Our neighborhood inValhalla,NY is a quite place. Activities that are highlights of this little hamlet are the annual Christmas tree sale, the mother’s day plant sale both organized by small volunteer fire department. Spring and summer cluster around little league games, almost half the parents including myself are active and enjoy the PTA.
It is however not the place where one would expect to find inspiration for innovative cooking, certainly not the kind featuring staples of my Indian kitchen and yet, my 30 minute Indian chicken recipe is born right here, in association with a neighbor.
Over the past five years, there has been a lot more movement into the neighborhood, even the property next to us has been sub-divided we have two new neighbors both with little children even younger than Deepta and Aadi. Like most of our other neighbors these are people we say hello to when we see them, chat with them when we are in the garden, I even included Juliana across us in my annual cookie and card list this year, but we do not actively socialize with them.
This is also true for the several regulars that I encounter, when I take my evening walk. I know Dobby the dog and his owner, who combines dog walking with his evening smoking and I also know Ms. Wong, who tends carefully every evening to her well manicured flower garden. I do not see her in winter, since like our backyard there is not much action from her garden. I usually walk later in the evening, after the kids have eaten. It is a time that is my own, outside the kitchen, away from work and outside the home. A time to think, refresh and reenergize my body mind and soul. I do not carry an anything, except on occasion my camera.
About a month ago, I met Mark, who also decided to make the7 pmhis walking time. It turns out, that he had heard about my cooking classes and general interest in food. I was rather intrigued, since I would not have pegged him to be the culinary sort. We met and chatted a couple of consecutive days and he asked me if I minded him occasionally tagging along with me, mostly because he wanted to talk to me about his food related questions. I warned him about my slow pace of walking, (but was otherwise game). Mark, unlike my immediate neighbours is no stranger to this hamlet. He has lived here for over 30 years and raised his children through the village schools, even volunteered as a baseball coach in his day.
I gradually learned that Mark’s wife Mary used to do all the cooking in the house and in particular, made a big effort on Sundays when the family (including their two children, who lived away from them) joined them with their spouses. Her Sunday suppers were elaborate and eclectic, when she often tried food from different parts of the world. She had died a year back.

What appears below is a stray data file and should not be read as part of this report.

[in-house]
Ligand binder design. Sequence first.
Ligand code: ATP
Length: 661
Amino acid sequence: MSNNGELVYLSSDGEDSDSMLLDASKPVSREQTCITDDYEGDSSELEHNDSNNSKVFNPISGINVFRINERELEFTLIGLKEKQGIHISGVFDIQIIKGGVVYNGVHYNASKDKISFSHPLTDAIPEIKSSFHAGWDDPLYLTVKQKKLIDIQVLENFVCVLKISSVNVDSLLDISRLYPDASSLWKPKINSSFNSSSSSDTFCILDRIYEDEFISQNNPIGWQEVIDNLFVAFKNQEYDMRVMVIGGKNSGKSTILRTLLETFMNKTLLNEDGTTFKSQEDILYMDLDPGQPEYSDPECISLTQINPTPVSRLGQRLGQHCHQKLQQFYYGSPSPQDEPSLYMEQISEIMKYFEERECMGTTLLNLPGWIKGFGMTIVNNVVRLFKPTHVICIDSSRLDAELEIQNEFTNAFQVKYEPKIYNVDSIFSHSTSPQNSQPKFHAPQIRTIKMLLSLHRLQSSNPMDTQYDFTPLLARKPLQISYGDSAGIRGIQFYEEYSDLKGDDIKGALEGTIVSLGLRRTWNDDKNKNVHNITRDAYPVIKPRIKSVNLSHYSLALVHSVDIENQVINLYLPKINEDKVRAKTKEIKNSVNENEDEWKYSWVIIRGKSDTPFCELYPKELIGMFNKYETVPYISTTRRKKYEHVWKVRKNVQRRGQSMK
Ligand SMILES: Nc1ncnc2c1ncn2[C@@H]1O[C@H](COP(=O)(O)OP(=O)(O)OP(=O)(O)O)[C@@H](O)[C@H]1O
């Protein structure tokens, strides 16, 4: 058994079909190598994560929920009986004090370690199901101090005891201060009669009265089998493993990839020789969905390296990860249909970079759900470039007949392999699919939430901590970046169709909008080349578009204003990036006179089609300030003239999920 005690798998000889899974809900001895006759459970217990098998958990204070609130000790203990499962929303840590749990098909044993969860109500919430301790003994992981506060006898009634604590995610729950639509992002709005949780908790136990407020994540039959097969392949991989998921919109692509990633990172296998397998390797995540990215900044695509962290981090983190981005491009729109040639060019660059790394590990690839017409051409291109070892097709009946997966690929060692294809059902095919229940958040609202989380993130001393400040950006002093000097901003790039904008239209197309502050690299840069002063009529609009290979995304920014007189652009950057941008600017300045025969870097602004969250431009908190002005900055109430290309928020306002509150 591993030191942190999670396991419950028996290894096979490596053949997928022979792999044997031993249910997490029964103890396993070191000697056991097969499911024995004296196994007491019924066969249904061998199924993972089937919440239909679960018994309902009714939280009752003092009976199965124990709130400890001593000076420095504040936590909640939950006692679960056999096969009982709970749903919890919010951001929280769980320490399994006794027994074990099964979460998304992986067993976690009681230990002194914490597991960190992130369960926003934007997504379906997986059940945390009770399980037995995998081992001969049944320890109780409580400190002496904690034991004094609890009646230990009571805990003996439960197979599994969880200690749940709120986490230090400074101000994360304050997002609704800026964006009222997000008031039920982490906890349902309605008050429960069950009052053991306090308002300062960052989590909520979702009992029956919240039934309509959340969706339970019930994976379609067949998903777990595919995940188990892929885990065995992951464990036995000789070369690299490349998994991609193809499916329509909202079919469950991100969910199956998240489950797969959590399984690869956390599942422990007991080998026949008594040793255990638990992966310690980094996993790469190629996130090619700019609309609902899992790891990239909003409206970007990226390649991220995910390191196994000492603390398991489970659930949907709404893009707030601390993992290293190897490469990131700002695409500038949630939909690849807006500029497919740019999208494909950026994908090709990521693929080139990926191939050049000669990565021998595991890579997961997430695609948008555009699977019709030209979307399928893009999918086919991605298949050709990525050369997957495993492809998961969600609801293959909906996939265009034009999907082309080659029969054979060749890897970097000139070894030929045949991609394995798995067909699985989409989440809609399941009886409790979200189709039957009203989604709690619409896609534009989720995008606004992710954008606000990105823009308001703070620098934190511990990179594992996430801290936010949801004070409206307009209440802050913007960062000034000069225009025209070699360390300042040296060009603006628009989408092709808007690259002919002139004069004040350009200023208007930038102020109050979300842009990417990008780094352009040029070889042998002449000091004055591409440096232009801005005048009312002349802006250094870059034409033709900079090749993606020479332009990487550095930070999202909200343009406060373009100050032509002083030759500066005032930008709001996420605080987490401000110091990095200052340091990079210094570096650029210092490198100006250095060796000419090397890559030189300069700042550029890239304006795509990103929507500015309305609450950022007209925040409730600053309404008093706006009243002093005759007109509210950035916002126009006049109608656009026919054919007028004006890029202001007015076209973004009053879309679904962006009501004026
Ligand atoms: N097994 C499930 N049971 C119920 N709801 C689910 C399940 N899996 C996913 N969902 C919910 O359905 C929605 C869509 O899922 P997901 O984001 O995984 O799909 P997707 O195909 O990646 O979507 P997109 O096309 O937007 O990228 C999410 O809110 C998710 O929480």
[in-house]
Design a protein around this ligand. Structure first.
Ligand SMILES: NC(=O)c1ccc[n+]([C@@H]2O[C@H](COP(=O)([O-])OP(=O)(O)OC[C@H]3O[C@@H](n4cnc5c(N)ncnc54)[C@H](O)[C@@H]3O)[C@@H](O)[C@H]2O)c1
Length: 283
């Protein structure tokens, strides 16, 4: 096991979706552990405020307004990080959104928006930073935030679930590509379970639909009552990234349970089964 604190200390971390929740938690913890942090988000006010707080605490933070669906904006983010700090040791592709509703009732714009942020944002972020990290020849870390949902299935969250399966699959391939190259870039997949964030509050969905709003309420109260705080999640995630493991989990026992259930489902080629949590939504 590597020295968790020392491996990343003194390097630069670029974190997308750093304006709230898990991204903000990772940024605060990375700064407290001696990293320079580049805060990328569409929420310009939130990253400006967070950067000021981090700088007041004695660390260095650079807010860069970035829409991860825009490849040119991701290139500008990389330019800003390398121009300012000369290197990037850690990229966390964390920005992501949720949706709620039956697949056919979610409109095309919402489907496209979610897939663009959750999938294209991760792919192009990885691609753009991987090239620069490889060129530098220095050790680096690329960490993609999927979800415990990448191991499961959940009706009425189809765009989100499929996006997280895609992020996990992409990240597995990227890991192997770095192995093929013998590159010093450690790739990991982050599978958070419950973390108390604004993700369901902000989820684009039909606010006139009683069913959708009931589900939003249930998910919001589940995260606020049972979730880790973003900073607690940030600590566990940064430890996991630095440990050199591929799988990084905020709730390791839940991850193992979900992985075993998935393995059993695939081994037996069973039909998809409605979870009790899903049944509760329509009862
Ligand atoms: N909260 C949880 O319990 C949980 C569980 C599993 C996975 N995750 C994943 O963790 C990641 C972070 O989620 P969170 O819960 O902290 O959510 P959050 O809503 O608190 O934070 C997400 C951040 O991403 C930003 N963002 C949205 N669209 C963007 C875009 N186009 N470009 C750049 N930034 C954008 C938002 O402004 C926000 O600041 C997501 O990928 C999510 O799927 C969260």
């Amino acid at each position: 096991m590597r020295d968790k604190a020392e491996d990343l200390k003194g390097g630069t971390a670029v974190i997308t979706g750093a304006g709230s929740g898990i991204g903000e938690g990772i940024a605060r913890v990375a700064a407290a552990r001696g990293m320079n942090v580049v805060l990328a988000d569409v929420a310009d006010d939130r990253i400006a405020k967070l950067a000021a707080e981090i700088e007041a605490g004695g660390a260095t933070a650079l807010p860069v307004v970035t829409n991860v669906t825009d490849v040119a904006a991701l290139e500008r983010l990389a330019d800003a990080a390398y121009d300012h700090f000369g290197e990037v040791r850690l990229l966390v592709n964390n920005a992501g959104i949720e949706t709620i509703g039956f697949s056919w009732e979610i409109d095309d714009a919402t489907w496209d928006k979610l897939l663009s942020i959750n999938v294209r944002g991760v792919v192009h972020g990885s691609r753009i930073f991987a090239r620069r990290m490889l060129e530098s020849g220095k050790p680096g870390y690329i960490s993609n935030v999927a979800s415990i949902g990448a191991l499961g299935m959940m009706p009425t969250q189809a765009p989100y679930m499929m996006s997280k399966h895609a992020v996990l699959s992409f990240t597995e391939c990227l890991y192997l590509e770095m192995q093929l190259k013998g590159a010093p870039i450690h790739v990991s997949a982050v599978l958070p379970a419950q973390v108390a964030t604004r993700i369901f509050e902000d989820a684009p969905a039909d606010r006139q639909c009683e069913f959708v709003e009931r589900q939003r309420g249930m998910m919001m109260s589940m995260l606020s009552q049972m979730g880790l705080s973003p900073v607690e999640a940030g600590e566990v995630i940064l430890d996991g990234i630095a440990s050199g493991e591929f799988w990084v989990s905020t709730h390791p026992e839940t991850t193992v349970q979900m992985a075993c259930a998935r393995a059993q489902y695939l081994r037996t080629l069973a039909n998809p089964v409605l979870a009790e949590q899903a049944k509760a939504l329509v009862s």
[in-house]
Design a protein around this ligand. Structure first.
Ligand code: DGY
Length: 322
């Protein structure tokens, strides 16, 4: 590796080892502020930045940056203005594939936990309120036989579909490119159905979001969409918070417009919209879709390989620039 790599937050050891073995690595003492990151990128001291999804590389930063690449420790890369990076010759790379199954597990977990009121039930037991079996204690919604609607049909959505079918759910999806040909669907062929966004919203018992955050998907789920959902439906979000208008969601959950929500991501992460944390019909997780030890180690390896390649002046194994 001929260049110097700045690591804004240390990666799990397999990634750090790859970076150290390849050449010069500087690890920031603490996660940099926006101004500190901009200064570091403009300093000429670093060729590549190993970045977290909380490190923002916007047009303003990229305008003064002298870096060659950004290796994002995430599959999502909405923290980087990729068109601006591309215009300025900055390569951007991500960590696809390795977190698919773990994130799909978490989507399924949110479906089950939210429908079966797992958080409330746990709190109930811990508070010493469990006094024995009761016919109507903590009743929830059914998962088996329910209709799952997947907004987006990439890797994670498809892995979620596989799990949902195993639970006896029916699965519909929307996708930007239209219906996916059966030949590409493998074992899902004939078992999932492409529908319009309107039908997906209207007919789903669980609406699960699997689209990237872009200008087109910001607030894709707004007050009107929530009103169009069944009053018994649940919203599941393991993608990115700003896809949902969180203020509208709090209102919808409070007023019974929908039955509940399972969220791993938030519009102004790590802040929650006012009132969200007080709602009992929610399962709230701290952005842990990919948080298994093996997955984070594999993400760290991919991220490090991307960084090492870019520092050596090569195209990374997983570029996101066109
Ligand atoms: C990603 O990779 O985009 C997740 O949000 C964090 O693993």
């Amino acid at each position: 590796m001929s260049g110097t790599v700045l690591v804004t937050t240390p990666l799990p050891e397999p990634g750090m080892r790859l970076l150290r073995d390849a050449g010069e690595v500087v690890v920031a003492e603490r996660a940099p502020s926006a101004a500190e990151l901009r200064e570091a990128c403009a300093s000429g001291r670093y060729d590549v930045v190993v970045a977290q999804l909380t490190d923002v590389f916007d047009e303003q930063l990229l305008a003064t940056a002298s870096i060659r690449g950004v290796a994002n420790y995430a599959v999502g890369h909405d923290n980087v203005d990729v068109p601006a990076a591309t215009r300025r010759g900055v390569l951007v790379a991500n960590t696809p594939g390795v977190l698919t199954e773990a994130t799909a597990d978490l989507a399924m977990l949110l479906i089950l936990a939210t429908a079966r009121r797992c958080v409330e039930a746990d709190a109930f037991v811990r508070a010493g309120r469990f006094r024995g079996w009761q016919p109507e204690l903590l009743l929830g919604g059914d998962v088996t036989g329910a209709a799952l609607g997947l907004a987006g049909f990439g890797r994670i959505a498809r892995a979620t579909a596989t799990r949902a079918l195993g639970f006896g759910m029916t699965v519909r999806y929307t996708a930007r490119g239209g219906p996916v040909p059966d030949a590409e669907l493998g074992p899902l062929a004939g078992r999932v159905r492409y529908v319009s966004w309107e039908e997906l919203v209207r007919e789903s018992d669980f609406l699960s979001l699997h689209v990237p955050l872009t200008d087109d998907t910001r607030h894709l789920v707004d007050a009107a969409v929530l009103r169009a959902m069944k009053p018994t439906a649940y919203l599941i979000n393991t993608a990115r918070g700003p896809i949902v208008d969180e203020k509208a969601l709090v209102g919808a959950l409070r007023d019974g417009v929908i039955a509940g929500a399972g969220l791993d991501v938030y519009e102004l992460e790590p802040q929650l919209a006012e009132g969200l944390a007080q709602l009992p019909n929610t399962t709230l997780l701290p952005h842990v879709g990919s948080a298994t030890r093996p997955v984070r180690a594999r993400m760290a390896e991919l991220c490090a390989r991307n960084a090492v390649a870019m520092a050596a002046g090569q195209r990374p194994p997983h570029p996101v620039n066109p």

Mark did his own cooking now, but also kept the Sunday ritual alive. It was important to him and to his children to have this sense of continuity. He also felt that it was his way of showing regard for something that was so important to his wife. In fact, his daughter had volunteered to take on this chore and continue the dinners at her house, but Mark still felt that he would like them to continue doing them in his house. It was important to continue this long standing tradition of connecting and reuniting the family in his home.
He found some of the exotic spices especially some of the Thai and Indian spices that his wife used confusing. He jokingly mentioned that he should join one of my classes. I felt that it might be more spontaneous and useful for him to spend time just watch me cook. My everyday cooking is relatively simple but still offers someone an insight to using and working with spices.
Last evening, he joined us for dinner and he was pleasantly surprised by this simple recipe. He had asked me for the recipe, it was a spur of the moment creation but his request came me the incentive to write it down. This is a nice medley of greens, grape tomatoes and chicken with black pepper and ginger as seasoning. It makes a balanced one dish item, complete with protein and vegetables. Fenugreek, is a winter green that can be obtained in a ethnic grocery store this time or the year, it has a light maple flavor and mildly bitter taste. I also use arugula in this recipe, since that is easier to procure. It tastes great with toasted bread or a serving of rice.
Prep Time: 20 minutes
Cook Time: 25 minutes
4 tablespoons oil
1 small red onion, halved and thinly sliced
1 teaspoon coarsely crushed cumin seeds
1 teaspoon ginger paste
1 and a ½ pounds of boneless, skinless chicken cut into small cubes
1/2 teaspoon turmeric
1 teaspoon salt
1 teaspoon freshly ground black pepper
3 tablespoons fresh lemon juice
1 and ½ cups of chopped fenugreek or arugula
1 cup grape tomatoes halved
Method of Preparation
1. Heat the oil on medium heat for about 1 minute.
3. Add in the red onion and cook till the onion is soft and begins to turn translucent, this takes about 3 minutes.
2. Add in the ginger paste and the chicken and cook on medium heat for about 4 minutes to allow the chicken to sear and turn pale brown.
3. Add in the salt, turmeric, black pepper and the fresh lemon juice and cover and cook for another 5 minutes.
4. Add in the chopped fenugreek or the arugula and cook for 3 to 5 minutes
5. Stir in the tomatoes and cook till the tomatoes soften very slightly.